Authenticity should be the central part of our everyday life. Being authentic means following your heart and your beliefs in any situation, being true to yourself and showing who you really are. When my stay in Sri Lanka came to an end I already reflected a lot about this, comparing the Western world to what I have had the chance to experience here. The people I have met in Sri Lanka seem to be so much more authentic, real and much more human than back home. When someone says or does something nice for me, I catch myself asking myself “What is their intention? What do they want from me?” and I have never found any second thought or any expectations of getting something specific in return. Why do I have that mechanism to question people’s intentions. I nearly feel embarrassed in such situations as I have not often experienced this before.

As I was in Sri Lanka for my 30th birthday, which I had dreaded since I turned 20, I didn’t expect much to happen but when I arrived I was asked to give my birthday to them to arrange things. I was only supposed to show up. As on so many occasions I had to let go of any control over what was going to happen.

I had to learn to be open and flexible a lot more, as I completely dove into many different cultures later and their lifestyles, and I can tell you, not being able to control everything was very hard for me in the beginning. After some time, I started to manage very well and even enjoyed not having the permanent stress of having to organise and plan. I knew I could have absolute trust in the people around me and so I let go and even offered the ones in Sri Lanka my birthday.

I was overwhelmed with what happened on that day. I was welcomed and fed with the traditional milk rice breakfast, then about 15 people cooked for my personalised Almsgiving at the temple for which they had invited 7 monks. At that point I was already thinking of how I could thank them for all of their effort. Then in the afternoon, I was welcomed by my students with a lot of flowers, dancing, singing and skits they had written themselves. Also the main women’s leaders had prepared a few skits imitating their own children coming to my classes and me in class. I was overwhelmed by all the nice acts and words for me. Why would anyone do something like that for me? Just like that?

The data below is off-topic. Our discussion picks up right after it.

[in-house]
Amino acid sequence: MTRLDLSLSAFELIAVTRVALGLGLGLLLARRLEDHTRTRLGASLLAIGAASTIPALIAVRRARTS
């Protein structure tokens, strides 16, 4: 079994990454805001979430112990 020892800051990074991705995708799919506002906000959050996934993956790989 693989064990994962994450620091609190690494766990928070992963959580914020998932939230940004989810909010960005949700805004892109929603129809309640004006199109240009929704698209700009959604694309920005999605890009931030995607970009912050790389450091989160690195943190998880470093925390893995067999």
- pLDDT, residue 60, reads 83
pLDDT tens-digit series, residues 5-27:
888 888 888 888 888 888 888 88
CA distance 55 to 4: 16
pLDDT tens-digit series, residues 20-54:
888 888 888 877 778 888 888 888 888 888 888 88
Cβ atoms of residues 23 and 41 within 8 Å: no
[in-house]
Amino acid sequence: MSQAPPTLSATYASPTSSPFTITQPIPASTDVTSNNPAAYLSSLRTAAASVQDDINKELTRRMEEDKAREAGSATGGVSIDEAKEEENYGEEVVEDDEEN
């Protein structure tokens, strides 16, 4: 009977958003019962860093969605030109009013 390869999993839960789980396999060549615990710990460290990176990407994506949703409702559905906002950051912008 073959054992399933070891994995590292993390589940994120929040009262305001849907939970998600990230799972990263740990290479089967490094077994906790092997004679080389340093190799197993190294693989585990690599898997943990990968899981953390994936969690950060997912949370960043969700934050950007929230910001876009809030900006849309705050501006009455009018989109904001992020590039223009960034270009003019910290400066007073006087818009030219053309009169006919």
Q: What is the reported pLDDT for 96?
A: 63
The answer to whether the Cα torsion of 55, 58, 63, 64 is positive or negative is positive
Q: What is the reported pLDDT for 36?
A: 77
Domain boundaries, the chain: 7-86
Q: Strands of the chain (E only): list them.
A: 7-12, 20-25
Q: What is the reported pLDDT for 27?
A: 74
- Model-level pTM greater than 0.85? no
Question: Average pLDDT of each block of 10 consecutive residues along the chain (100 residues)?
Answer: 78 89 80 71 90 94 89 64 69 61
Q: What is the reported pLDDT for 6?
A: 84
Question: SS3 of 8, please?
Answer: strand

Letting go of all the outside expectations of who you are suppose to be and how you are supposed to act has been replaced by unconditional acts. People doing things and acting just because it feels good. A great heart-warming experience which I was not used or didn’t see happening at home just because I was too occupied with my own so-called important life. I am sad to have thought like that but at the same time very thankful to have been among such an open-hearted society for a while.

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